Risk On And Euro On The March


The past week has seen some sizeable moves in financial markets. ‘Risk on’ sentiment has dominated as markets have shrugged off domestic tensions in the US and ongoing signs of the deteriorating relationship between the US and China. The focus instead remains on hopes for a second half rebound in economic activity as lockdown measures are eased. As a result equities have continued to surge with a number of markets up by more than 8% on the week. Accordingly, government bond markets have come under pressure. US 10-year Treasury yields have touched above 0.95% their highest level since March, while UK 10-year gilt yields have moved above 0.33%. Some peripheral Eurozone bond markets, however, received support from the latest easing moves from the European Central Bank. In currency markets, the US dollar has slipped further against both the euro and sterling. Its weakness helped the pound weather the news that little progress has been made in the latest round of Brexit talks between the UK and EU . Meanwhile, the oil price has risen to its highest level since early March (pushing Brent crude above $40bbl). A virtual meeting of OPEC and other key oil producers is scheduled for Tuesday but there are reports that agreement has already been reached on an extention of production quotas. Markets will probably continue to focus on further signs that lockdowns are easing. A number of European countries are set to lower some barriers this week while reports suggest that New York is making preparations to start opening up again. Timely economic data will receive attention but markets may continue to shrug off reports of the hit to economic growth during the lockdown, including what seems likely to be a dire UK GDP report.


No major policy changes are likely to come out of the US Federal Reserve’s policy update on Wednesday. Recent comments from Fed officials, however, suggest that many remain concerned that the rebound in the economy may be disappointing and that there is a substantial risk that it may falter. So despite today’s much stronger-than-expected labour market report, a key message will be that they stand ready to provide further support. That could include further QE if necessary and potentially a move to explicit yield curve control. However, the Fed does not seem to be seriously considering a move toward negative interest rates. In the meantime, Fed policymakers may consider some changes to their ‘forward guidance’ to emphasise that monetary policy is unlikely to be tightened and in particular interest rates will not be raised for a considerable period of time. They could also reintroduce the summary of the Committee’s economic projections (suspended in March), and use the interest rate forecasts (the so called ‘dot plot’) to reiterate their low rates message. The coming week’s US economic data calendar is light. However, Tuesday’s NFIB small business optimism survey for May and the June University of Michigan consumer sentiment index (Fri), are timely readings which will be watched for indications that sentiment has picked up. Wednesday’s May CPI is forecast to show inflation stabilising at a low level following its recent sharp decline. That fall was primarily driven by the big drop in the oil price and so its recent rebound, if sustained, will likely lead to some pickup in headline inflation in coming months. However, underlying inflationary pressures are also subdued and so inflation seems set to remain well below the Fed’s target for a considerable period of time.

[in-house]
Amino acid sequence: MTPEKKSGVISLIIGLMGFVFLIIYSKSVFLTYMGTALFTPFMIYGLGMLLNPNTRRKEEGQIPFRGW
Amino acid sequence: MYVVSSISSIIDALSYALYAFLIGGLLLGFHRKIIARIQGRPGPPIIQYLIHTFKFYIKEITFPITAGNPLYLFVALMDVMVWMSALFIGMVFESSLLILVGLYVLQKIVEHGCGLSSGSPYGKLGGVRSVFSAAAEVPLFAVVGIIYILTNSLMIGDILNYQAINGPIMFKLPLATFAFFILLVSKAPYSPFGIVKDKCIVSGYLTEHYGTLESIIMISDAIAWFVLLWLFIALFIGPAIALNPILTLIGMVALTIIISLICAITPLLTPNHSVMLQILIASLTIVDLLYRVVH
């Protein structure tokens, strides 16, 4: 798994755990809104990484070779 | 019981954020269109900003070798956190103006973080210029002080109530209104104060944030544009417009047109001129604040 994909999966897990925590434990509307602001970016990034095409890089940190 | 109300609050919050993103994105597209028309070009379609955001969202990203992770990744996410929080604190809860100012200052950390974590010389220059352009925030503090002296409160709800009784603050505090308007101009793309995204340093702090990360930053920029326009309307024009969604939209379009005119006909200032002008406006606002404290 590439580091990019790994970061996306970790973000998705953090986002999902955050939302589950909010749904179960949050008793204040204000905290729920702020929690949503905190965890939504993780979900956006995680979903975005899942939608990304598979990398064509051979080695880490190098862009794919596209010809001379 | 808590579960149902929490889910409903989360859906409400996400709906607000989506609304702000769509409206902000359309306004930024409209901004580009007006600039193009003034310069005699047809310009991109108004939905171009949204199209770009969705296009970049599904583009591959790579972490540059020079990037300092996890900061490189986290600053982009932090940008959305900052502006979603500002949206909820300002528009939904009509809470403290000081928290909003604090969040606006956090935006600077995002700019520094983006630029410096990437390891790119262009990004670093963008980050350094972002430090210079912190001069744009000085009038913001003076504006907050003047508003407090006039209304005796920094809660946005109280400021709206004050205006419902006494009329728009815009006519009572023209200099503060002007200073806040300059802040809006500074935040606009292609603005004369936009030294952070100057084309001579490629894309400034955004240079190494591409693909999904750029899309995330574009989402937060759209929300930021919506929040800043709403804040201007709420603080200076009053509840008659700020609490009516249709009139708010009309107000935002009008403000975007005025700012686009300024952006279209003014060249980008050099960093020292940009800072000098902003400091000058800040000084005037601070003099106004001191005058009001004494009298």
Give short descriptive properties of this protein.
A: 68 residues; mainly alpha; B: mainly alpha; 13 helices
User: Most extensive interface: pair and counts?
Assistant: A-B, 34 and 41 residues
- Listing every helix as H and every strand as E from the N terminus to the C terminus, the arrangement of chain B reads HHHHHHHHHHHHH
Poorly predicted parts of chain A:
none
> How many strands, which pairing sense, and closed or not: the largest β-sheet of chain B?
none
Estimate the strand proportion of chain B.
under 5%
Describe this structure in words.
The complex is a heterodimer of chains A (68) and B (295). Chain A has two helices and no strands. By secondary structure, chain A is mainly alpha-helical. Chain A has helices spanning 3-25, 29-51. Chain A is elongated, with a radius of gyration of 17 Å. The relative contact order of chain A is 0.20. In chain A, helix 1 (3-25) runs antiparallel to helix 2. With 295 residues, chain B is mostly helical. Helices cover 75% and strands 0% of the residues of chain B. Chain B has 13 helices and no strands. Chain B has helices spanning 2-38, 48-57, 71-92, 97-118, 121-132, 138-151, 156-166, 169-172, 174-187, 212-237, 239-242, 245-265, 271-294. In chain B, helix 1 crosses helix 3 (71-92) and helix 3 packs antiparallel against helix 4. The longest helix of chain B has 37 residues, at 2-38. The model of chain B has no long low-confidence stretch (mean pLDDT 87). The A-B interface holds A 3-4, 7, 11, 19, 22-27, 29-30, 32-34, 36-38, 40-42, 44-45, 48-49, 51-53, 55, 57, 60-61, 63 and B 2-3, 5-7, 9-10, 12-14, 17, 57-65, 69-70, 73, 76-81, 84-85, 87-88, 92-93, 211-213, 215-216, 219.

Friday’s reading for UK April GDP will provide the most comprehensive indication yet of the economic impact of the lockdown. Output is expected to have fallen by 20% with activity in the industrial sector, construction and services all forecast to be down sharply. PMI data point to the likelihood of a further, albeit smaller, drop in output in May as the lockdown continued for almost all of the month. There are very few UK data releases scheduled for the rest of the week. However, the British Retail Consortium’s May retail sector update will provide timely information on domestic consumer trends. Anecdotal reports from retailers point to long queues and healthy sales as they re-open. However, May data may be too early to capture this in a significant way.


President Lagarde will testify to the European Parliament on Monday. Her comments are likely to be very similar to those made during her press conference following Thursday’s policy announcement. She will be able to point to the extra €600bn of asset purchases that the ECB promised as part of its emergency support programme. However, she will also probably again emphasise the need for further fiscal support to help drive the EU’s economic recovery. April industrial production data for the Eurozone as a whole, and for some of the largest member countries, are expected to show very big falls as lockdowns were in effect throughout the month. A fall of around 20% is estimated for the region as a whole. Elsewhere, China May international trade and inflation reports will be watched for signs that the economy is picking up again post-lockdown. Meanwhile, May money supply figures may provide indications of a boost to credit conditions from looser monetary policy. Finally a new fiscal stimulus package is expected to be announced in Japan.

To discuss how the above may affect your money transfer requirements, please contact your Currency Dealer at Heritage Pay on +44 (0) 207 117 2934.

See you next week!

None of the information in this article is, nor should be construed as financial advice. All foreign exchange transactions involve risk and you should always seek your own independent financial advice before entering into any foreign exchange transaction.

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